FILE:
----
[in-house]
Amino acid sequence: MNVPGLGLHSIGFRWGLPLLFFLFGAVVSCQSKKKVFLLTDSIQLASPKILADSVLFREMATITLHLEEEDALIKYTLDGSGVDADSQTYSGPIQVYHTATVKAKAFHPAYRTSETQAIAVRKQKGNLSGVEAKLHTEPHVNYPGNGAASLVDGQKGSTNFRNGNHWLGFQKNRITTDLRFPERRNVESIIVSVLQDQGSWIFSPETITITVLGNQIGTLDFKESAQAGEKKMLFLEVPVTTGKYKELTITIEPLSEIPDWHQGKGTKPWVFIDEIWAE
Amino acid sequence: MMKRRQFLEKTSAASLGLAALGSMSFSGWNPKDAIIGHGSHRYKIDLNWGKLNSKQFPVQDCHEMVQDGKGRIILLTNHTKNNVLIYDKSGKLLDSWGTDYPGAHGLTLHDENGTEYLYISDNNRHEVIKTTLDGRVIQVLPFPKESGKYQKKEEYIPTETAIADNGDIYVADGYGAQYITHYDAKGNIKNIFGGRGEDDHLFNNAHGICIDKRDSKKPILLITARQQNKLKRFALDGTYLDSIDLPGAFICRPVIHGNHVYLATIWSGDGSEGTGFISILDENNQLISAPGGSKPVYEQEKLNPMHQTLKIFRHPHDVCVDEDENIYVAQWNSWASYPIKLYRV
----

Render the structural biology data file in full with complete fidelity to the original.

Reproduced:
[in-house]
Amino acid sequence: MNVPGLGLHSIGFRWGLPLLFFLFGAVVSCQSKKKVFLLTDSIQLASPKILADSVLFREMATITLHLEEEDALIKYTLDGSGVDADSQTYSGPIQVYHTATVKAKAFHPAYRTSETQAIAVRKQKGNLSGVEAKLHTEPHVNYPGNGAASLVDGQKGSTNFRNGNHWLGFQKNRITTDLRFPERRNVESIIVSVLQDQGSWIFSPETITITVLGNQIGTLDFKESAQAGEKKMLFLEVPVTTGKYKELTITIEPLSEIPDWHQGKGTKPWVFIDEIWAE
Amino acid sequence: MMKRRQFLEKTSAASLGLAALGSMSFSGWNPKDAIIGHGSHRYKIDLNWGKLNSKQFPVQDCHEMVQDGKGRIILLTNHTKNNVLIYDKSGKLLDSWGTDYPGAHGLTLHDENGTEYLYISDNNRHEVIKTTLDGRVIQVLPFPKESGKYQKKEEYIPTETAIADNGDIYVADGYGAQYITHYDAKGNIKNIFGGRGEDDHLFNNAHGICIDKRDSKKPILLITARQQNKLKRFALDGTYLDSIDLPGAFICRPVIHGNHVYLATIWSGDGSEGTGFISILDENNQLISAPGGSKPVYEQEKLNPMHQTLKIFRHPHDVCVDEDENIYVAQWNSWASYPIKLYRV